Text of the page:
This Air is a Material


  • Past event
  • Philip Carter Family Auditorium
  • Free
Image: uploads/2017_11/TAIAM_TITLE_LAUREL.jpeg

Artists, writers and curators speak with passion and insight about Ann Shelton's work and its historical and contemporary contexts. Shelton herself provides much of the guiding narration. The film explores the visual themes and motifs of Shelton’s work, tracing its origins in the history and landscapes of Aotearoa/New Zealand. 

This screening of the film will feature an introduction and question and answer session with the film's director Becky Nunes.

Ann Shelton left her hometown of Timaru in the 80s on a mission. Her sense of social justice coupled with an interest in human narratives saw her working as one of New Zealand’s first female press photographers at the Dominion in Wellington. From there she moved to K Road in Auckland, and attended Elam School of Fine Arts in the 90's. Her seminal project Redeye captured the zeitgeist of that time, and catapulted her to public notoriety. Over twenty-five years Shelton has made many rich and complex bodies of work that unearth local mythologies, 'ghosted' stories and characters previously written out of history. Her photographs and artist's books form a significant contribution to the history of contemporary photographic practice in Aotearoa/New Zealand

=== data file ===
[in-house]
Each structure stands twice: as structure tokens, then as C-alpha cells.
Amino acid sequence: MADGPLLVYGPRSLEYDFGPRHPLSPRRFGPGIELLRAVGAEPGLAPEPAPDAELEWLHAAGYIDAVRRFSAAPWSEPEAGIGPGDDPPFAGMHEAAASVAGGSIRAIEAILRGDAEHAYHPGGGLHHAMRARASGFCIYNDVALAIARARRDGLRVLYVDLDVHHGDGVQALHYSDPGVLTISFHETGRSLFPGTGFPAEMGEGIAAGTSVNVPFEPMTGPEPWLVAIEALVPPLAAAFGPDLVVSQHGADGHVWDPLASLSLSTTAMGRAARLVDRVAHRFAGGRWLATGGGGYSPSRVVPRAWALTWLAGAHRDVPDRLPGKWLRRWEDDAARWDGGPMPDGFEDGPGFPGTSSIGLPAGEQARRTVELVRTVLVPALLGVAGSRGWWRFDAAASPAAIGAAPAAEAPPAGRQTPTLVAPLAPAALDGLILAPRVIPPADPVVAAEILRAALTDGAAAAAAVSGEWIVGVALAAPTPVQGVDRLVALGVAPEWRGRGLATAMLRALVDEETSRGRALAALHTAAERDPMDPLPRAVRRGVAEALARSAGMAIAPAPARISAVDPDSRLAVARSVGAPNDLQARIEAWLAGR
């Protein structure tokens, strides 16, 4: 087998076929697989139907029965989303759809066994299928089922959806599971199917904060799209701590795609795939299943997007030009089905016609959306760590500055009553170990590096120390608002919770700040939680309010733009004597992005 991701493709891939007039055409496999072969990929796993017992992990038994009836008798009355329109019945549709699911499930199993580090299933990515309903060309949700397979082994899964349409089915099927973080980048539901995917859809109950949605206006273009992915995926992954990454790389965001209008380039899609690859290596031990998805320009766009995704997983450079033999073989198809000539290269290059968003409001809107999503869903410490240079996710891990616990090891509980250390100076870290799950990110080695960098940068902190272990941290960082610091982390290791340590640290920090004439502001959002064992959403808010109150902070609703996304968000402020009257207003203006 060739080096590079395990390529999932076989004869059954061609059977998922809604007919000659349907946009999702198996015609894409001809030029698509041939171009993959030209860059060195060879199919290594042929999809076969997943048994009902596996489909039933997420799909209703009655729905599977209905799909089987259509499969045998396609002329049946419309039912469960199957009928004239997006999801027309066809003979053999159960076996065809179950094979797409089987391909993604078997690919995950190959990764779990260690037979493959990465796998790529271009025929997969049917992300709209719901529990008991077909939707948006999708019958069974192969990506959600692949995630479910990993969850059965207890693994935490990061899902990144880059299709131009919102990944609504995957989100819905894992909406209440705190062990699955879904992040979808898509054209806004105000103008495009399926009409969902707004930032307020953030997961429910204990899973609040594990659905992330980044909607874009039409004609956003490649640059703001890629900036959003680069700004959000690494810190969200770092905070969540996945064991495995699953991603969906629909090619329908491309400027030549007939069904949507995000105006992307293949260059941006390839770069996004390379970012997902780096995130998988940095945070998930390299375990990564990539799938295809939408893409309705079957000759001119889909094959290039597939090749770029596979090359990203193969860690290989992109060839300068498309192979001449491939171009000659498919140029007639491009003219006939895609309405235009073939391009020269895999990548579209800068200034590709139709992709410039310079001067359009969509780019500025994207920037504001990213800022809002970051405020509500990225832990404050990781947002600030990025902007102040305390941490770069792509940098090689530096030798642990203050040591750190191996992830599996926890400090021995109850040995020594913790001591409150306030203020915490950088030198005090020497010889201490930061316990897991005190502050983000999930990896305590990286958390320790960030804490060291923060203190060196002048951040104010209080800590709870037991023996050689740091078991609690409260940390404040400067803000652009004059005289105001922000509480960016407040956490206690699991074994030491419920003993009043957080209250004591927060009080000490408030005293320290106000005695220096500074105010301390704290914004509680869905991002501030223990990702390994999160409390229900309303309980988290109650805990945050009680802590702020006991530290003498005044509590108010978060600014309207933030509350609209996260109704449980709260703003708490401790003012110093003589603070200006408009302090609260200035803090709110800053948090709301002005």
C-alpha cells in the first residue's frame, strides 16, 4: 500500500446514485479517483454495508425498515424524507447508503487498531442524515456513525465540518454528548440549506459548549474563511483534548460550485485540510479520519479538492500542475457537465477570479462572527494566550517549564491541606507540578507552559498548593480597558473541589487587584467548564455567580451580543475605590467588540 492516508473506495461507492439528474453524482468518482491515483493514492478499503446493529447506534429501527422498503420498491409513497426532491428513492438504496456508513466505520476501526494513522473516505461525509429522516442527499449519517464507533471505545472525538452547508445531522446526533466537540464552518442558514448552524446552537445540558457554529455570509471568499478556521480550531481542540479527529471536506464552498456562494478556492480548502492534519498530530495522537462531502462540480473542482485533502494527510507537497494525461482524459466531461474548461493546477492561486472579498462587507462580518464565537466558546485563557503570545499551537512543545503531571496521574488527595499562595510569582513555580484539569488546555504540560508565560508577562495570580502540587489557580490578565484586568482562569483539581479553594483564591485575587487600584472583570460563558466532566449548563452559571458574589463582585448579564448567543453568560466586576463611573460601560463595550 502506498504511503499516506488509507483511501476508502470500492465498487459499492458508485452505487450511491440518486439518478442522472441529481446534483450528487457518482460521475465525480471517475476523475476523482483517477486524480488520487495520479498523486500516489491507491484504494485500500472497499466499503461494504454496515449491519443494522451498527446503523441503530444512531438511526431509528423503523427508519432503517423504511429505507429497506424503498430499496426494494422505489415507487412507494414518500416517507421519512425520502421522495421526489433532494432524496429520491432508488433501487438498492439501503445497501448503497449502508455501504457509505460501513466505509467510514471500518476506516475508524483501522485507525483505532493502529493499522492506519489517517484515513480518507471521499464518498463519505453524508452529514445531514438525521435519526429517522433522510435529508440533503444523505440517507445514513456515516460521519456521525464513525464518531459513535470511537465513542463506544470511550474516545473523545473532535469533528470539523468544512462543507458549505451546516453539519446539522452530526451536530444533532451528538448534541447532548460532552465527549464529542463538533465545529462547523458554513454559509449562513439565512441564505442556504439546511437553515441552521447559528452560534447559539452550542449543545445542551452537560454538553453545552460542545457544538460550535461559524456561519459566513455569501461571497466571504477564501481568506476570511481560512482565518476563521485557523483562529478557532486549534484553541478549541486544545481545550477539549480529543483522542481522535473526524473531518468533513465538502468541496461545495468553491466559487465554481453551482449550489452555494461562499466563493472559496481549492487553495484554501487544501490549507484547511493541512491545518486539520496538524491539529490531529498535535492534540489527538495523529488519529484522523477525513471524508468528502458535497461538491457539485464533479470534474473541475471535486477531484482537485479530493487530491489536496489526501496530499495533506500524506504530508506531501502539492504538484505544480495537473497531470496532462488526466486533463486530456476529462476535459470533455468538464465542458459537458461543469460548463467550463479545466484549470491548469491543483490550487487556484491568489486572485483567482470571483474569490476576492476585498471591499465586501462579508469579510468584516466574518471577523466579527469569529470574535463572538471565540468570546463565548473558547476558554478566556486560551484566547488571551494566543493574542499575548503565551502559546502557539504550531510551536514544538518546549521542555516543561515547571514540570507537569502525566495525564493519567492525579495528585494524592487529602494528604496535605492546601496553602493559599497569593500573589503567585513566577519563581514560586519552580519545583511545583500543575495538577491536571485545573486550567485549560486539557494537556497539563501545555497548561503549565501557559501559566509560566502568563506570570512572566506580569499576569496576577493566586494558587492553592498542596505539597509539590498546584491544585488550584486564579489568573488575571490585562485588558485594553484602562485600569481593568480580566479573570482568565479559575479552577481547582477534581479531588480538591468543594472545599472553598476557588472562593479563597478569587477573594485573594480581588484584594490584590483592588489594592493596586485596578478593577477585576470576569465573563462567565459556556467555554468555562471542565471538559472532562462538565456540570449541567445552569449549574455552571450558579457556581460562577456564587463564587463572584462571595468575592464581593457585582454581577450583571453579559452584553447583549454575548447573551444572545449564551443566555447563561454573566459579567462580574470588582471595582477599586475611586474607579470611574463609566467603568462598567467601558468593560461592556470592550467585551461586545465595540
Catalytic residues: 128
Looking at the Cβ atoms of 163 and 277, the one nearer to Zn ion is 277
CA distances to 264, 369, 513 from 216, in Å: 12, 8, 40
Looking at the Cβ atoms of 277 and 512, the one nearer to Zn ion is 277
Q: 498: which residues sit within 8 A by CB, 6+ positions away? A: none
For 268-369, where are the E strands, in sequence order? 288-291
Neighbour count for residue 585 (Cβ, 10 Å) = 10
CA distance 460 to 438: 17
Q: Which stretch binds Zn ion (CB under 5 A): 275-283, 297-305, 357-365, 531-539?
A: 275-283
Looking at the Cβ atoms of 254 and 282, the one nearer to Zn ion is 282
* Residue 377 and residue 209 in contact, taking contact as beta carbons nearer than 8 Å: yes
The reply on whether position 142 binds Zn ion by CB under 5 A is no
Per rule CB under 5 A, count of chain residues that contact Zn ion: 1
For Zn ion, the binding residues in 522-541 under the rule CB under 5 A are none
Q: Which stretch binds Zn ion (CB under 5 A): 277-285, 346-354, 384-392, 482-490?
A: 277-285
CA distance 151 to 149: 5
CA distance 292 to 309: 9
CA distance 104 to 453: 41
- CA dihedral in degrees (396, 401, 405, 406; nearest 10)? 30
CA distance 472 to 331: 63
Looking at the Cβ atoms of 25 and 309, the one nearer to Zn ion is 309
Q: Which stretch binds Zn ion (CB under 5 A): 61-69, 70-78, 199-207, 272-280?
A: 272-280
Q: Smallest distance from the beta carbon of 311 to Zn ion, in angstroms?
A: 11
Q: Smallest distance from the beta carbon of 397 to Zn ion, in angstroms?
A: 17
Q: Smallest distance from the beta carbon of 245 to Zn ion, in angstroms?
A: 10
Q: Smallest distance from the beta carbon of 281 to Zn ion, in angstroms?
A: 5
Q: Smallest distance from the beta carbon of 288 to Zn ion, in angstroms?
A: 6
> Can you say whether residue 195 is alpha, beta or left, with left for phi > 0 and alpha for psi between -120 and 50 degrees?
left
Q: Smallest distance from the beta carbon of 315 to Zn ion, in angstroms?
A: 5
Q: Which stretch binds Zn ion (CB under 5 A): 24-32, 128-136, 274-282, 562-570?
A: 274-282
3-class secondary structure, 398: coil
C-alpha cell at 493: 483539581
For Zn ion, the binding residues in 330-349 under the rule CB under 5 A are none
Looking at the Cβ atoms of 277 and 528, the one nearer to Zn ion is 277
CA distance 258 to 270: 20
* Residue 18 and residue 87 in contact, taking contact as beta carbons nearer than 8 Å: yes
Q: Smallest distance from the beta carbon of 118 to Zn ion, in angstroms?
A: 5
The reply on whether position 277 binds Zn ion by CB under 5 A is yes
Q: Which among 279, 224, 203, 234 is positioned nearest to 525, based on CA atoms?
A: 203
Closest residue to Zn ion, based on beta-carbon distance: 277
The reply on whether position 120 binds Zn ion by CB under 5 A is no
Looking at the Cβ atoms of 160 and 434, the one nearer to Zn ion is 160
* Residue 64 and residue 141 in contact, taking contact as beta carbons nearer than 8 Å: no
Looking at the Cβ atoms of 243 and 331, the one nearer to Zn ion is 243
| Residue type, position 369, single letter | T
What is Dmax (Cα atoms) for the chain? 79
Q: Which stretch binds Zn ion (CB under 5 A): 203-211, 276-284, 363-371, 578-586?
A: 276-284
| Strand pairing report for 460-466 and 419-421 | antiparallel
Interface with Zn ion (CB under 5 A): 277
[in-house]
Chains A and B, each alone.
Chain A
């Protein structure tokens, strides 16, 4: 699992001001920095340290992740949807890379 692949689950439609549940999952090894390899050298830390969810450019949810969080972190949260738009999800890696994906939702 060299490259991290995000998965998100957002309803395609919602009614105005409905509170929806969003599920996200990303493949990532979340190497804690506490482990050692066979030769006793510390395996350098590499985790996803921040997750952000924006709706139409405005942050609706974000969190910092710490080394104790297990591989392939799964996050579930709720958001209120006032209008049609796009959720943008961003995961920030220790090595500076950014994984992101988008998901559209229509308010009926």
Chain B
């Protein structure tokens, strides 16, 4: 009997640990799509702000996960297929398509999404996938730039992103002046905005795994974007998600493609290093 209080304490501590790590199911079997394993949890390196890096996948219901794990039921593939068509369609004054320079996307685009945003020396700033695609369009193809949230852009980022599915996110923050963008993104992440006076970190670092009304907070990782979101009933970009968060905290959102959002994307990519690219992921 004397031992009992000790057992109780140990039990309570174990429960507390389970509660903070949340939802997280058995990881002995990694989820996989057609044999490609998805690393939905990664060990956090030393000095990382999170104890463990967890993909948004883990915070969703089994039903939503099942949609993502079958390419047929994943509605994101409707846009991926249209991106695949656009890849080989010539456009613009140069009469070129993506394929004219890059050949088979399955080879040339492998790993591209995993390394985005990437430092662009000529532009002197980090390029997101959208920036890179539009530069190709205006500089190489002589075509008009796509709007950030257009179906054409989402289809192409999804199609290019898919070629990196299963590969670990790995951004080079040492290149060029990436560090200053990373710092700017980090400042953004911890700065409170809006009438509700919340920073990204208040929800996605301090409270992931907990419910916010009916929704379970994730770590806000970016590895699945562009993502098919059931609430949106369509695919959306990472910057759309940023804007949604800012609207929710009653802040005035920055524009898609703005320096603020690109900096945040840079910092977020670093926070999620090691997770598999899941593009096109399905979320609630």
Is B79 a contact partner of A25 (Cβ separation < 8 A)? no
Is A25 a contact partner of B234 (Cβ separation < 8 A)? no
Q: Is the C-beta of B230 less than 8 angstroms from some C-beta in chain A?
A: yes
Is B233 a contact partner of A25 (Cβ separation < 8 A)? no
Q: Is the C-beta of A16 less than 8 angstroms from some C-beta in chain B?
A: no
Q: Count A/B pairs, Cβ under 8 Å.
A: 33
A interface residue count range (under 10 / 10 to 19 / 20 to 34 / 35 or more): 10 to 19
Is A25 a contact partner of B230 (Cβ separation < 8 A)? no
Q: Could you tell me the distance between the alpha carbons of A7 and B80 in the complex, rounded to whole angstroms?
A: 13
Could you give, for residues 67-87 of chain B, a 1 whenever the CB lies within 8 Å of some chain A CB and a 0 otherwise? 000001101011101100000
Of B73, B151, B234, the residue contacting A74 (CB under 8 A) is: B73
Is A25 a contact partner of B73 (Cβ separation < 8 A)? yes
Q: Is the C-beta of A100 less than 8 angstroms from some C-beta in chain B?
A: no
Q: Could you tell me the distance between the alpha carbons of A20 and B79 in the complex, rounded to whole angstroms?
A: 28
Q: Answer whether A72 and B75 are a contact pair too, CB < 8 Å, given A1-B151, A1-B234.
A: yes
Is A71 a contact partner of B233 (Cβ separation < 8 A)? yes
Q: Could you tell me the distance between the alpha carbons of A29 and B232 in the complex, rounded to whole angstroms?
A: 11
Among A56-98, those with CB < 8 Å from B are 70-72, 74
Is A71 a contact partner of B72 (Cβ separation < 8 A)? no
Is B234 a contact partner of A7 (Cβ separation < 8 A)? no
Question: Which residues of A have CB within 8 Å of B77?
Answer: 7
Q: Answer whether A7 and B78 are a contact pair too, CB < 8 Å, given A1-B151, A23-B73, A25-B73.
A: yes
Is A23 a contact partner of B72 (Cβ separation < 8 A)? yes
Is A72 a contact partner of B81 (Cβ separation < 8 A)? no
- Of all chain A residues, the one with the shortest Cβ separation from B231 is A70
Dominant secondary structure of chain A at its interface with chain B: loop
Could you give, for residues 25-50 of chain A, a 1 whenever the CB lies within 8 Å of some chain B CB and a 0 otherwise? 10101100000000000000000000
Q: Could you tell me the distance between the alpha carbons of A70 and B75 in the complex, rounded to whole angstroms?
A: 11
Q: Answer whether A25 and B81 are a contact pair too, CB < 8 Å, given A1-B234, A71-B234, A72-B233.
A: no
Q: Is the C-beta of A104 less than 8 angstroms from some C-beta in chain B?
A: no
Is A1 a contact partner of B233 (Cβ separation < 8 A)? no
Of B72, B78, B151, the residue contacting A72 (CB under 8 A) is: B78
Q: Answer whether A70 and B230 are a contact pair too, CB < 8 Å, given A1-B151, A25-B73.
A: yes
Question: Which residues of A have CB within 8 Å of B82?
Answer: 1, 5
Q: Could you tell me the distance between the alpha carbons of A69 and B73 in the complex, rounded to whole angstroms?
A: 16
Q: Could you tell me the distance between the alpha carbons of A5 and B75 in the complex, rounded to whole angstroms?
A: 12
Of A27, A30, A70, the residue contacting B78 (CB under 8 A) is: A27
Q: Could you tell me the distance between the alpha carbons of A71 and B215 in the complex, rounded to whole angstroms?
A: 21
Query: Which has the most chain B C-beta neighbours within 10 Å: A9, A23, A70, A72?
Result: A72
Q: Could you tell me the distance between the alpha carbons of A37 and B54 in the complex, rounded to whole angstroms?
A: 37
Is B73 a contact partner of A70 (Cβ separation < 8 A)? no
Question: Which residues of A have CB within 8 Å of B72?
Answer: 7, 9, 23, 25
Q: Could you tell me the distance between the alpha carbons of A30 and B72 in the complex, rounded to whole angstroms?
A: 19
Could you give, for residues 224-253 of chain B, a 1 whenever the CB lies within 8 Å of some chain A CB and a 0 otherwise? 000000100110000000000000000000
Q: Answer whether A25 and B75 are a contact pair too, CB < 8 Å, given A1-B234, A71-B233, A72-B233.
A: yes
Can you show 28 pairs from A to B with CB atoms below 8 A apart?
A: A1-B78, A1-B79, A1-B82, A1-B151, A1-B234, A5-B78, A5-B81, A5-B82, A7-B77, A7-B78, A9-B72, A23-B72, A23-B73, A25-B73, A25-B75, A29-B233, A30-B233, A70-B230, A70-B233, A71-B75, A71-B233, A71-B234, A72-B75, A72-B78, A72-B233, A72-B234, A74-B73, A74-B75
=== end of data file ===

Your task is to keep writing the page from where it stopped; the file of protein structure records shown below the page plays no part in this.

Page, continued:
This Air is a Material deepens the understanding of this important artist and her work. With interviews, high-quality footage of Shelton’s artwork and archival imagery, the documentary not only illuminates her practice but also the small towns, urban myths and creative communities that shaped it.

Produced and directed by Becky Nunes.

Made with the support of Whitecliffe College of Arts & Design and the Chartwell Trust.

50 minutes


Ann Shelton: Dark Matter

Ann Shelton: Dark Matter

An expansive view of Ann Shelton’s tightly conceived, large scale and hyperreal photography

Representing Women: Ann Shelton’s Dark Matter

Representing Women: Ann Shelton’s Dark Matter

What is ‘dark matter’? For theoretical physicists it is matter that cannot be directly observed but whose existence is nevertheless scientifically calculable –  productively present yet simultaneously invisible. In a similar vein, the everyday phrase ‘dark matter’ describes objects, conditions and situations that harbour unease or trauma. Trauma that is often concealed, repressed, or buried. Both definitions are active in Ann Shelton’s mid-career review exhibition Dark Matter, and they provide a rich point of entry into this compelling collection of her photographic work. These are photographs that bristle with intensity and refuse to let their subjects die a quiet archival death.